Fueled by gossip from Wan Mahora, the jealous wife of the village headman, their close friendship lead others in her village to believe that there was more to the relationship. Many versions of the legend claim that there were those who were so envious of Mahsuri's beauty that they perpetuated the gossip. Eventually the rumors grew strong enough that the villagers openly accused her of allowing Deraman to stay in her house. Mahsuri pleaded her innocence, but no one believed her.
Her father-in-law, sentenced Mahsuri to death at Padang Hangus, following the old Islamic punishment for adultery; Mahsuri was to be tied to a tree (or pole), and stabbed to death. Legend has it that those conducting her execution had to use a special kris (short dagger) as no ordinary kris could kill her. When they stabbed her, with her father’s kris, white blood flowed from her wound, signifying her innocence. With her dying breath, Mahsuri placed a seven generation curse on Langkawi. Some say the curse was that the island would experience 7 generations of bad luck, while others say the curse was that the island would stay barren for 7 generations, and yet other say it was a curse for 7 generations of tragedy.
Not long after her death, Siam attacked Pulau Langkawi and many villagers were killed and some captured by the Siamese. Mahsuri's husband, Mat Daruss was too heart broken and left Pulau Langkawi with his son to reside in Phuket, Thailand. Research has to date uncovered no less than 30 descendents of Mahsuri who now reside in Phuket.
Many locals of Langkawi believe the legend to be true, citing the Siamese invasion of 1821 and decades of failed crops that followed Mahsuri's death. It is only at the end of the 20th century, after the seven generations have supposedly come to pass, that Langkawi began to prosper as a tourist destination.
Maybe the whole story is true or maybe it has been romanticized somewhat. I can tell you that I visited Langkawi around the time the curse was supposedly lifted and we saw many of the locals rejoicing because they were finally getting some proper rainfall on the island, which they haven't gotten for decades. This is a tropical island that we're talking about. Whether that really was a heavier rainfall than they've gotten in a few hundred years or not, nobody can really confirm.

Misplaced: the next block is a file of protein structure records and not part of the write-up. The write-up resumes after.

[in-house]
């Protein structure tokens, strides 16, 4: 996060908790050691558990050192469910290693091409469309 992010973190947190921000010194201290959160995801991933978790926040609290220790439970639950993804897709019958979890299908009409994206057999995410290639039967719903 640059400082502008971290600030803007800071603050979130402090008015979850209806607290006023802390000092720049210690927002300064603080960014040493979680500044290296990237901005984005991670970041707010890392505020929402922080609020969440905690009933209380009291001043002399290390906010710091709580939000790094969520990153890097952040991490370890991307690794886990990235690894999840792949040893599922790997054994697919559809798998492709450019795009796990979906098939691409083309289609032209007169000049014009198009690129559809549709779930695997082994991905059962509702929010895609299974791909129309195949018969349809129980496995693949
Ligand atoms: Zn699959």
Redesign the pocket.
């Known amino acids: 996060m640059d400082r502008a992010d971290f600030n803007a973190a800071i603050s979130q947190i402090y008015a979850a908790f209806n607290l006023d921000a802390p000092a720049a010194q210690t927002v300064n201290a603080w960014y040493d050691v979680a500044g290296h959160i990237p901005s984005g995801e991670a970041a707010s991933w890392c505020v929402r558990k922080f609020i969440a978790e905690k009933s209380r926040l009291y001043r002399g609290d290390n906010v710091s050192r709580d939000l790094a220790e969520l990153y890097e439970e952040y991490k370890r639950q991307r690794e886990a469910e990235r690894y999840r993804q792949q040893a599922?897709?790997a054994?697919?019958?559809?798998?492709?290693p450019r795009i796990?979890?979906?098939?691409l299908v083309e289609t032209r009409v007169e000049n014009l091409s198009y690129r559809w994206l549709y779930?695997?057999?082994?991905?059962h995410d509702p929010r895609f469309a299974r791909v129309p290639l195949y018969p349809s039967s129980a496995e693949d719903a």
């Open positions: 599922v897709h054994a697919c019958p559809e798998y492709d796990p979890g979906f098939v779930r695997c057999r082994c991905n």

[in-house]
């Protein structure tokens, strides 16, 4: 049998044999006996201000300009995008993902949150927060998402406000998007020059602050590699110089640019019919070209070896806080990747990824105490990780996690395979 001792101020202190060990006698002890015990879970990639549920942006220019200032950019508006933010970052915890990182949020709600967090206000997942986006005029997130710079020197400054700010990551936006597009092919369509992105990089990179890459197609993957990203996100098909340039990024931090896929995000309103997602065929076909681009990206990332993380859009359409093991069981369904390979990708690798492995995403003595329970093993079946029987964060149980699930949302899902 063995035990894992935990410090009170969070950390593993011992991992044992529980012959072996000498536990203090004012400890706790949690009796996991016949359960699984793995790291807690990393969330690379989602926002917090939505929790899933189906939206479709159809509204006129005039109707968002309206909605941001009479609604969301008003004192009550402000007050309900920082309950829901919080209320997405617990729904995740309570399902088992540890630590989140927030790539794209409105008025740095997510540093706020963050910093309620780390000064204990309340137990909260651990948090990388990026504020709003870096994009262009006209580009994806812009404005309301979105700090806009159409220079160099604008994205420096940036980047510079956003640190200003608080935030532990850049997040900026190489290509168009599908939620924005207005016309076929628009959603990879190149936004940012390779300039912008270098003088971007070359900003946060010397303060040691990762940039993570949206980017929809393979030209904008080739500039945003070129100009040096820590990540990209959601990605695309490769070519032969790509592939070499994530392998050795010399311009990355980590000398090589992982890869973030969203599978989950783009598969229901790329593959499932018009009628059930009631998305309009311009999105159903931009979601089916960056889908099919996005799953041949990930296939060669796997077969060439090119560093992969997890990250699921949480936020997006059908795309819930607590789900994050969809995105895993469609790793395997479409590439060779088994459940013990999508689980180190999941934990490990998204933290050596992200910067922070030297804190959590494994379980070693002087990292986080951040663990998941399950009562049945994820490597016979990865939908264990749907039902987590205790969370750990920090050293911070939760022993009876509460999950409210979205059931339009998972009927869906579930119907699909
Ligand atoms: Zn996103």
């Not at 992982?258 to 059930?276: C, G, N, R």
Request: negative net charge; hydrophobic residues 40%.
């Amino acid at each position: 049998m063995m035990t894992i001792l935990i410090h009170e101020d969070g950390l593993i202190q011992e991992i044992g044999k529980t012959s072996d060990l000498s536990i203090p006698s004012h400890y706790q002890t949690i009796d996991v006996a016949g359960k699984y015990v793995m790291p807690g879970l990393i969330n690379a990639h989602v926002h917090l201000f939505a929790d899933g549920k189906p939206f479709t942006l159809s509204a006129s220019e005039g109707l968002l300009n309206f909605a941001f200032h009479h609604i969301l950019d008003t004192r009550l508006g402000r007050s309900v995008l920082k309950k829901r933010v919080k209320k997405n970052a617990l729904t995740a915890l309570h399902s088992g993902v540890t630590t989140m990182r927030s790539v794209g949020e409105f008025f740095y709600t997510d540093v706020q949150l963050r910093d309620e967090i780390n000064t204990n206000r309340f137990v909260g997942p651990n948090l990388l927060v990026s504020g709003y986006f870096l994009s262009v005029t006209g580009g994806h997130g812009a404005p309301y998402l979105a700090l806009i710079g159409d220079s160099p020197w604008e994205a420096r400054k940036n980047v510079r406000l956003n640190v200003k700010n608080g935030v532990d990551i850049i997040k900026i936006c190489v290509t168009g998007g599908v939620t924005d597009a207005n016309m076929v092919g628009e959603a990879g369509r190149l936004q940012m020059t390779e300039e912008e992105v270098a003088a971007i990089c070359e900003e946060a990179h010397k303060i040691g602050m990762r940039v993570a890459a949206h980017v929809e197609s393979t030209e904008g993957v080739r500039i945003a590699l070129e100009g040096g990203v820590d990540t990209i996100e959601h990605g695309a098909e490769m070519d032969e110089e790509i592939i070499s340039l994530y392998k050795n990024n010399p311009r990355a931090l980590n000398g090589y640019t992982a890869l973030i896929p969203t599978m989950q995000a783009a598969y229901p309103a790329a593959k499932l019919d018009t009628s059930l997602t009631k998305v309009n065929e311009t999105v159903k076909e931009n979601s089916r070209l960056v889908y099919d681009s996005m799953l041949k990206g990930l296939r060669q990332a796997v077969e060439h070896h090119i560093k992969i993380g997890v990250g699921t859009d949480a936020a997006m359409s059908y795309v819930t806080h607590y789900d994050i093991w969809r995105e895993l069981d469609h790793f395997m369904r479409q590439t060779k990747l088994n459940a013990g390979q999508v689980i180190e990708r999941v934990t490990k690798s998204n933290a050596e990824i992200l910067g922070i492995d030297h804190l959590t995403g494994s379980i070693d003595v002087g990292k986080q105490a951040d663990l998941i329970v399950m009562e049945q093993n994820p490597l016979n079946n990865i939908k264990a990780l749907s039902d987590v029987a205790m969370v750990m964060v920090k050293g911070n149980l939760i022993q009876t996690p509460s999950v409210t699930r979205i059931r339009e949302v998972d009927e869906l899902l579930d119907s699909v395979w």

If you ever visit Pulau Langkawi in Malaysia, Mahsuri’s restored tomb at Padang Padang Mat Sirat is a popular tourist destination.
Andrea Allisonon Thursday, December 07, 2006
Today we remember the 2,403 (including 68 civilians) Americans who died and the 1,178 who were wounded on December 7, 1941 due to a Japanese raid on Pearl Harbor. Much like 9/11, it is a day we will never forget.
Andrea Allisonon Wednesday, December 06, 2006
Rav'N's Realm is a wonderful place to visit who just happens to be my new renter for the week. Rav is a regular reader here. So, I'm pleased to welcome Rav to my site.
If you're into Comics, Sci-Fi/Fantasy, Role-playing, computer games, etc., Rav'N's Realm is the place to go.
Drifting cars seems to be the current topic. Rav posted several pictures from the 2006 WA Drift Round 5 for Wordless Wednesday. I don't know anything about cars. I guess I'm one of those people who will sit and watch it as long as the drivers are cute.
Rav is also a poet. I liked last week's installment for Poetry Thursday. I've never really been much of a poet, but I do get inspired to write one every now and then.
Check out Rav'N's Realm to discover more. I promise, you won't be sorry.
Andrea Allisonon Tuesday, December 05, 2006
I subscribe to Weirdo News, an ezine containing unusual stories from around the world. There is one particular story I would like to share with you all that was in the latest issue. It raises a question about how traumatizing ghost stories can be.
A Taiwanese woman named Mrs. Chen has taken out an injunction against her husband to prevent him from telling her ghost stories, complaining he was giving her nightmares. She first applied for a personal protection order which was approved by a district court in Taichung.
They have been married for 20 years but separated a few years ago. The couple has two daughters, who both told a judge that he frequently traumatized her with macabre tales.
In his defense, Mr. Chen claims he is only relaying tales from his job working in an orchard. However, in Mrs. Chen's complaint, she states that he return home every few months in the dead of night in a drunken stupor to visit his daughters. He would then go on to tell her ghost stories about seeing figures clothed in white floating around, people hanging themselves and discovery of human bones near the orchard despite her pleas for him to stop.